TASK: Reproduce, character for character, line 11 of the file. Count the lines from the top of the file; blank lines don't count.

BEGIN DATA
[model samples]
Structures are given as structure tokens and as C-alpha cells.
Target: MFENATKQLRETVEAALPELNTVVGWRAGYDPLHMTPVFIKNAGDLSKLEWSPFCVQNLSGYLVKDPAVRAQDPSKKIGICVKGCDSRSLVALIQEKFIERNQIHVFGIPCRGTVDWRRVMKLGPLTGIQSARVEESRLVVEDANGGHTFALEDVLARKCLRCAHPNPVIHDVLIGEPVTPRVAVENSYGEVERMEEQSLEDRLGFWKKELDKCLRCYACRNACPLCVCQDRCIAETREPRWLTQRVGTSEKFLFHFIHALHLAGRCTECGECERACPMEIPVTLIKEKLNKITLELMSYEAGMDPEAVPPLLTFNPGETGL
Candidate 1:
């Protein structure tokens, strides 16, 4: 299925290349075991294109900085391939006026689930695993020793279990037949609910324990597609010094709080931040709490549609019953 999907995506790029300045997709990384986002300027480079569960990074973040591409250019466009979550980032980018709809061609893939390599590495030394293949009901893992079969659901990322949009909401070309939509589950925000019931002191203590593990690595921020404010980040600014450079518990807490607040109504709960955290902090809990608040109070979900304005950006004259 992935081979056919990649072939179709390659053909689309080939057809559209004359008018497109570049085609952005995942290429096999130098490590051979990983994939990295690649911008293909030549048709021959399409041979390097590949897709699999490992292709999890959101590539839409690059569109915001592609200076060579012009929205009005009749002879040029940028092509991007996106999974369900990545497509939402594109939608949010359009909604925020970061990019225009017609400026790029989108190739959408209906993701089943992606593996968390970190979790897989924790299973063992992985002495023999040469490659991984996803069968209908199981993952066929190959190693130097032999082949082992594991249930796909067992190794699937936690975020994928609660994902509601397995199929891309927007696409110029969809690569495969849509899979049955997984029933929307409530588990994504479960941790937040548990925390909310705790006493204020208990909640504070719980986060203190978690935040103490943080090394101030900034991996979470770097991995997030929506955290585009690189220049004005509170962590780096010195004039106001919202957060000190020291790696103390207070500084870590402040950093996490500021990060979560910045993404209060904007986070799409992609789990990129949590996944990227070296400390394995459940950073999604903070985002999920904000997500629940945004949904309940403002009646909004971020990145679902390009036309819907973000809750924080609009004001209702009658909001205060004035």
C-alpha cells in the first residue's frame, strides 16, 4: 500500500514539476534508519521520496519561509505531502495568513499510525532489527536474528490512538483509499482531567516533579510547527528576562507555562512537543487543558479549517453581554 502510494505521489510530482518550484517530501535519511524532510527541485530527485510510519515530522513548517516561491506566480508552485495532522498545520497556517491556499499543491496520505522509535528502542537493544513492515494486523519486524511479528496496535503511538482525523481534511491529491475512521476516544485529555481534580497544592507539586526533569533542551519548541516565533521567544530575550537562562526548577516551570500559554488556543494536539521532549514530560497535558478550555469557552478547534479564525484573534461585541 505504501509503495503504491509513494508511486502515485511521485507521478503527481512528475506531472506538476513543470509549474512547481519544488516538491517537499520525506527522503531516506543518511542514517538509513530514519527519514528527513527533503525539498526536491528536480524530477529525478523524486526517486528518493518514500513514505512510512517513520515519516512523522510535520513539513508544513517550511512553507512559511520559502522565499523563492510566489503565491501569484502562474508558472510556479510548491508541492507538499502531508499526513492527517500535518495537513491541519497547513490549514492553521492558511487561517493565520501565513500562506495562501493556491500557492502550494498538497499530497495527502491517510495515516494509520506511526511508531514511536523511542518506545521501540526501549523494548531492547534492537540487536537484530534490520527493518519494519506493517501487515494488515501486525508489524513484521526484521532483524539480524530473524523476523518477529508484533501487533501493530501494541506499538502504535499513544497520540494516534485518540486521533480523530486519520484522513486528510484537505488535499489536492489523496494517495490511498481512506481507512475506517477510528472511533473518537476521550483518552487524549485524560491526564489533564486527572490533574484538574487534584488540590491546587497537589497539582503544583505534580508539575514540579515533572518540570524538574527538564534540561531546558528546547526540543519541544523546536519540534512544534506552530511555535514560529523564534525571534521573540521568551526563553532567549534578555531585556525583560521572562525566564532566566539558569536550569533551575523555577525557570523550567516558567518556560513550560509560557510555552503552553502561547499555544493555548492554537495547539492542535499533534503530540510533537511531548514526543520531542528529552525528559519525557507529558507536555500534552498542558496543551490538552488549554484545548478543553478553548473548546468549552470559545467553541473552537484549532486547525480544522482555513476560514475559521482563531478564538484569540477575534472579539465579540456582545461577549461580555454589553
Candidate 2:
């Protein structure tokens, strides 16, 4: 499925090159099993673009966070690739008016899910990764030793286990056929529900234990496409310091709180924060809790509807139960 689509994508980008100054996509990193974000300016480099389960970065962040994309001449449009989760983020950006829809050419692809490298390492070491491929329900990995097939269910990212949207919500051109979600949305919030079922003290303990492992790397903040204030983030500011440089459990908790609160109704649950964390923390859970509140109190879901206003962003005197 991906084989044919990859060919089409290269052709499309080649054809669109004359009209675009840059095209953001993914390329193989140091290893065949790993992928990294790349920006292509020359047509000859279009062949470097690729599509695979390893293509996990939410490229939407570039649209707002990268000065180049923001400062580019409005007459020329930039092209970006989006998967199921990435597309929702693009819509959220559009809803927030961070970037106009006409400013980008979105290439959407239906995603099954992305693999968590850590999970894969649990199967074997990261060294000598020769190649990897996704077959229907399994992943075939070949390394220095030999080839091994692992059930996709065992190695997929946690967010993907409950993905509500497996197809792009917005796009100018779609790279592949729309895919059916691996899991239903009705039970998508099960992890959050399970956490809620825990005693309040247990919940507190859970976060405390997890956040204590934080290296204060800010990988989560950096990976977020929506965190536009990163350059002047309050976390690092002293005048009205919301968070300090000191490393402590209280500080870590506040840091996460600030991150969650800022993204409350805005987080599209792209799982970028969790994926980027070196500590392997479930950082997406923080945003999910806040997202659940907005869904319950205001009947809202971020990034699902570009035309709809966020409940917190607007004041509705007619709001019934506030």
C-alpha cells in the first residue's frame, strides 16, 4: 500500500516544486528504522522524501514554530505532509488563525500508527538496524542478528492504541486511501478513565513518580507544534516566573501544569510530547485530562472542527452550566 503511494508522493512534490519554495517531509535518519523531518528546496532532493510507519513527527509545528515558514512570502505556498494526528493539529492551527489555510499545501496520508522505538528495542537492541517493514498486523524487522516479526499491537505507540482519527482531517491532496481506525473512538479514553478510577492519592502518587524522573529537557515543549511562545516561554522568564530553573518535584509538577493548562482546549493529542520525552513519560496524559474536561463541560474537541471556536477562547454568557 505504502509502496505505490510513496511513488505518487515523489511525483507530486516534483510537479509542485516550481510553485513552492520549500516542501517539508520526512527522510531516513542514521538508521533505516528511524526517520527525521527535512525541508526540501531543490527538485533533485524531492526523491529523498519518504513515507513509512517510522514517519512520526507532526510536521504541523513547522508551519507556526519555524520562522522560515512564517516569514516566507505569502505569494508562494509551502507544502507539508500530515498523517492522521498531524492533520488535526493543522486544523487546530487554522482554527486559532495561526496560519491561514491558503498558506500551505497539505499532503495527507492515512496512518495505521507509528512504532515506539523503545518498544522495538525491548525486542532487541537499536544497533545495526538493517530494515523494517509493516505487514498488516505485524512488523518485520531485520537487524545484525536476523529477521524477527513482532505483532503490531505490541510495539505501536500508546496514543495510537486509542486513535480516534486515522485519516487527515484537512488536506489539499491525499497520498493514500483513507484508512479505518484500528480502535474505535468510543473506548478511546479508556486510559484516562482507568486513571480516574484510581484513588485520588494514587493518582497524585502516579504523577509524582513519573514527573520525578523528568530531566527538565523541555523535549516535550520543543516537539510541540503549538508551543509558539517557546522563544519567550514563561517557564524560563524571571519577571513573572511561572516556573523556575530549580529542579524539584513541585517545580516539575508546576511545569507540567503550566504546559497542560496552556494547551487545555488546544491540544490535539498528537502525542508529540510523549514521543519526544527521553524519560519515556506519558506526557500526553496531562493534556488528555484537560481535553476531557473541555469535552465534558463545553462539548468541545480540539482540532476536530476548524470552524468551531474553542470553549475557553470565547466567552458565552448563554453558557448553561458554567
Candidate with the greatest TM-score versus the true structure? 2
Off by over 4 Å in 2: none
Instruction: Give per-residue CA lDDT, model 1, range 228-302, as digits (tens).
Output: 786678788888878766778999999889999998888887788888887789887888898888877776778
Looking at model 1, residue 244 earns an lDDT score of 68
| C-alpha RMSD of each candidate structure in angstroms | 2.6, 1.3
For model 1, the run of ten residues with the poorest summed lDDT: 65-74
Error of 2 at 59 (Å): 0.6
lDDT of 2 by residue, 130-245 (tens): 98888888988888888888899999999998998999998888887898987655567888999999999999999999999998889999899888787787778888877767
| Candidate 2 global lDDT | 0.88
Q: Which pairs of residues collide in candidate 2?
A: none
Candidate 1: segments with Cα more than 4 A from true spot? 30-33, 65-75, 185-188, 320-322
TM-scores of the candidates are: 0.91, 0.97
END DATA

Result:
Off by over 4 Å in 2: none